When shopping for goods, one of the most common terms that we encounter is “recommended retail price” or RRP. As a consumer, we may see this term on price tags, promotional materials, and advertisements. As a business owner, we may use the recommended retail price as a pricing strategy for our products. In this Business Kitz blog post, we will discuss what RRP is in Australia, how it works, and its implications for consumers and businesses.
What is a RRP?
The recommended retail price (RRP) refers to the price that a manufacturer or supplier suggests that retailers charge for their products. It is also called the suggested retail price or list price. The RRP is not a fixed price, but rather a recommended price that provides guidance to retailers about how much they should sell the product for.
It also serves as a benchmark for pricing and is typically set by manufacturers or suppliers. The RRP is usually higher than the actual price that retailers pay to purchase the products. Retailers can then choose to sell the product at the RRP or lower the price to attract customers. It is important to note that the RRP is not a legally binding price and retailers are not required to follow it.
How does RRP work?
The recommended retail price is an optional pricing strategy that manufacturers or suppliers can use to influence the price of their products in the market. It can also be communicated to retailers through various channels such as sales representatives, promotional materials, or invoices.
Retailers are free to set their own prices and can choose to sell products at the recommended retail price or lower to attract customers. Retailers who sell products at or above the recommended retail price may advertise that the product is being sold at the recommended price. However, it is important to note that if a retailer chooses to sell the product at a lower price, they cannot advertise that the product is being sold at a discount from the recommended retail price.
What are the implications for consumers?
For consumers, RRP provides a benchmark for pricing and can help them make informed purchasing decisions. Consumers can compare the RRP of products across different retailers to determine which offers the best value for money.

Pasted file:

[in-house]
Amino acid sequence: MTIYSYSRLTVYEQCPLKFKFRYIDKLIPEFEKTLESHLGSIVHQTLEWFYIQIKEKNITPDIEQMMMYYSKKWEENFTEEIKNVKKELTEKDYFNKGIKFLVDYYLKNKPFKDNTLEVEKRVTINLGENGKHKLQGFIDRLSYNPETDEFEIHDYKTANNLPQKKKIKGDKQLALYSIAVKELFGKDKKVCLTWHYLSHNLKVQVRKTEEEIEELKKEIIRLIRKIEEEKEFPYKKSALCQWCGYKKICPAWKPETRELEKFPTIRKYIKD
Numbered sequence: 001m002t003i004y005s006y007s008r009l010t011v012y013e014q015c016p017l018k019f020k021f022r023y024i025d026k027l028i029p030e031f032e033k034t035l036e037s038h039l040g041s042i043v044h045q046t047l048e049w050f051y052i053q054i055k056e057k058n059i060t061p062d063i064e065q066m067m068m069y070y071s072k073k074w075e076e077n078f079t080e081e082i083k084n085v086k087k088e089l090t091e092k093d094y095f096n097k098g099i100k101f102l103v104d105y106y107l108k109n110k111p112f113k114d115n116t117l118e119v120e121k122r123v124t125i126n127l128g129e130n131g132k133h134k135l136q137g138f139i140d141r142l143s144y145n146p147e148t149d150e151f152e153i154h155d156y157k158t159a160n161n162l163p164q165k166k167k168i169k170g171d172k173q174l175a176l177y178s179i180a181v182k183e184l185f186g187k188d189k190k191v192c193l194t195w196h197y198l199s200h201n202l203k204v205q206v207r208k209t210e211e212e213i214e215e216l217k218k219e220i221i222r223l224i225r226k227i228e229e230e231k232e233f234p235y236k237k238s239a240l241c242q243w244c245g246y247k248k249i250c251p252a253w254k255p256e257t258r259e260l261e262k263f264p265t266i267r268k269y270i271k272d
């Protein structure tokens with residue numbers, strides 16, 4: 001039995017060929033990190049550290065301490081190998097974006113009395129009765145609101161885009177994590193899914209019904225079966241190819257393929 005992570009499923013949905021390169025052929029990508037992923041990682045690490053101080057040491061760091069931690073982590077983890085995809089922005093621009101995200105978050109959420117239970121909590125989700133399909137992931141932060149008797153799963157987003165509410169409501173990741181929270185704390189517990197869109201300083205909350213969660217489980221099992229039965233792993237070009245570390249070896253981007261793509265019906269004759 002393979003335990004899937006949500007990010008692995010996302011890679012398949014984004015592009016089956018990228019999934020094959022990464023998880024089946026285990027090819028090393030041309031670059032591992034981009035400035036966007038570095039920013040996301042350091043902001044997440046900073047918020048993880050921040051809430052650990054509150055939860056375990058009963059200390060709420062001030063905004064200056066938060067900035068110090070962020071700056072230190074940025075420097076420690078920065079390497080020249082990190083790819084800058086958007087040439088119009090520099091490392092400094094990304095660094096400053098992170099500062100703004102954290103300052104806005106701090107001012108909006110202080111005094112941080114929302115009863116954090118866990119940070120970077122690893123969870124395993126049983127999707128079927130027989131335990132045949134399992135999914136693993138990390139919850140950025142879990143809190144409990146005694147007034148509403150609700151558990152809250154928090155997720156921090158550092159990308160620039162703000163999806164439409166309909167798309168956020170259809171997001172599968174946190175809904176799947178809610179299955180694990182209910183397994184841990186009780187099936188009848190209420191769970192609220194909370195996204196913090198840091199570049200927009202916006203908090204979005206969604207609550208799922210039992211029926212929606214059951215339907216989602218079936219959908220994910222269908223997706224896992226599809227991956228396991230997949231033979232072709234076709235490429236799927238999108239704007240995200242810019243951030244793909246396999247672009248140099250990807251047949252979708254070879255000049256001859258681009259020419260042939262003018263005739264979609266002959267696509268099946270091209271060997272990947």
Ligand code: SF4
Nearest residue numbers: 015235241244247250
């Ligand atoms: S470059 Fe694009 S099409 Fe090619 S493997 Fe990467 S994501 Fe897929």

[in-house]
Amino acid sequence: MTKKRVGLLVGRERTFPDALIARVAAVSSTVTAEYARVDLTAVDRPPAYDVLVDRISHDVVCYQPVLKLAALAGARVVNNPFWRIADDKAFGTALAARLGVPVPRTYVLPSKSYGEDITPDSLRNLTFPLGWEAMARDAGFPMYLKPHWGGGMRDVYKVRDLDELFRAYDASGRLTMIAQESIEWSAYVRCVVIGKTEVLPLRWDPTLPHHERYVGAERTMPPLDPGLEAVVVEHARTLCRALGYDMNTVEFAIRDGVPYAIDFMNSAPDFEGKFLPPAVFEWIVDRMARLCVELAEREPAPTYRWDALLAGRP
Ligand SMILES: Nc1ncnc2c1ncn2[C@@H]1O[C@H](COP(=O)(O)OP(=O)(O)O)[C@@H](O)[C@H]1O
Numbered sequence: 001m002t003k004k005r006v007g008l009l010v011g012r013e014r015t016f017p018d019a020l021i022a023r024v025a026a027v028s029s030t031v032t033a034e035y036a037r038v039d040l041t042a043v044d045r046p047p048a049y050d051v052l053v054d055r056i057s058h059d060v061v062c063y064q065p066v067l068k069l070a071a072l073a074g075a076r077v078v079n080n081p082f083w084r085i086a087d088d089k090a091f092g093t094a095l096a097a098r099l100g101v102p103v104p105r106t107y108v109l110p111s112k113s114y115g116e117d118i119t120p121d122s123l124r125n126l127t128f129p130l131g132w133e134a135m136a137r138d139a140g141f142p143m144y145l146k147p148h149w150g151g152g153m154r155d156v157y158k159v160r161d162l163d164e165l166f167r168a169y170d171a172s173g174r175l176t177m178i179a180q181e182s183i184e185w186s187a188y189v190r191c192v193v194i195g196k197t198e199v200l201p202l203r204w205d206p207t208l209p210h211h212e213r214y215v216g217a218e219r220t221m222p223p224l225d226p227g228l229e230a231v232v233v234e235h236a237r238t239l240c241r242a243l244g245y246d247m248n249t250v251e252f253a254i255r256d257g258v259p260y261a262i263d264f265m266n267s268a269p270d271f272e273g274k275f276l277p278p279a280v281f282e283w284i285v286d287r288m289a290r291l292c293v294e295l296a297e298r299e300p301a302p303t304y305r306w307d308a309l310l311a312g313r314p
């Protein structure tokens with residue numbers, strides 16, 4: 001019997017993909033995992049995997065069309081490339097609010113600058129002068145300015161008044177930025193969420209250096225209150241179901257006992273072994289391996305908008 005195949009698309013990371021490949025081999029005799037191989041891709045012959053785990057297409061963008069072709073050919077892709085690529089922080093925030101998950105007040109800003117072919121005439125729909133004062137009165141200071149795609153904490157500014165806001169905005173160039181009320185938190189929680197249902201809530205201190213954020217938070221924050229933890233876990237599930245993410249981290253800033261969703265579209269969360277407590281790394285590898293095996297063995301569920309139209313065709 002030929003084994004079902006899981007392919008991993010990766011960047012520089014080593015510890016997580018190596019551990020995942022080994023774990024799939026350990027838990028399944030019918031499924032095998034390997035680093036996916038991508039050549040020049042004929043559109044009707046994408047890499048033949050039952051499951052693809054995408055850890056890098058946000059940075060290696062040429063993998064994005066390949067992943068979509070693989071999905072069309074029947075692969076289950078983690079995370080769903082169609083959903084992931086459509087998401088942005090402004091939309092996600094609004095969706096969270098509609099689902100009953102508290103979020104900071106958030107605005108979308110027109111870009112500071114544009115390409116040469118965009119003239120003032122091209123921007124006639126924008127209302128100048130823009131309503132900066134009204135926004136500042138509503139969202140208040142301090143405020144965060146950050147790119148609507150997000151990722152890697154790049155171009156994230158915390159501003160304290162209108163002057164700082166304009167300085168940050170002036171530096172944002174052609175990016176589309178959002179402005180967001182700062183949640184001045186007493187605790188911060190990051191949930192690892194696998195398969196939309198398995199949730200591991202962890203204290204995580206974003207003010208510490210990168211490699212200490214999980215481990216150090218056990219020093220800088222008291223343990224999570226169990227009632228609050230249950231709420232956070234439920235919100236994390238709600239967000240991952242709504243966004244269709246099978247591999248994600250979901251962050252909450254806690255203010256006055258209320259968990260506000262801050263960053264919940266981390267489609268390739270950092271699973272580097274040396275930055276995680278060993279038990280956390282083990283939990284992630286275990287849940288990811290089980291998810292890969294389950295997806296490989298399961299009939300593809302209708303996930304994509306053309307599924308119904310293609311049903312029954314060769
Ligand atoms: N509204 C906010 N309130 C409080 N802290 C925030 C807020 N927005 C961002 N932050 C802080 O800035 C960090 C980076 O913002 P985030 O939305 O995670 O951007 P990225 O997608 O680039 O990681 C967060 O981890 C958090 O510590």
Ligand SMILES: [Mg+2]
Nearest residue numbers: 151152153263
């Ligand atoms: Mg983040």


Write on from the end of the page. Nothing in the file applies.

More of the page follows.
However, it is important to note that the recommended retail price does not necessarily reflect the actual price that retailers pay for the product. Retailers may sell products below the recommended retail price to attract customers or because they have negotiated a lower price with the manufacturer or supplier. Consumers should also be aware that retailers may use recommended retail price as a marketing tool to create the perception of value, even if the product is not actually worth the recommended price.
What are the implications for businesses?
For businesses, RRP can be used as a pricing strategy to influence the price of their products in the market. By setting a high RRP, businesses can create the perception of value and exclusivity for their products. However, businesses should also be aware that setting a high RRP may deter price-sensitive customers and lead to lower sales.
It is important to note that while RRP is not legally binding, businesses should be cautious about using certain pricing strategies. For example, setting a minimum resale price or fixing the price of a product can be considered anti-competitive conduct and may breach competition law. The Australian Competition and Consumer Commission (ACCC) has issued guidelines on minimum resale price maintenance, which businesses should consult before implementing any pricing strategy.
What are the rules for displaying RRP?
Businesses that choose to use RRP as a pricing strategy should also be aware of the legal requirements for displaying the recommended retail price. The ACCC requires businesses to display the recommended retail price clearly and prominently. The RRP should be in a font size that is easily readable and should not be obscured by other information such as discounts or promotional offers.
In summary, RRP is the recommended price that a manufacturer suggests retailers sell their products for. While it’s not a mandatory price, it provides a reference point for consumers and helps create a level playing field for businesses selling the same or similar products.
There are legal implications for businesses that use RRP, including the ban on Resale Price Maintenance (RPM). Retailers also need to be careful when advertising discounts to ensure that they’re not misleading consumers.
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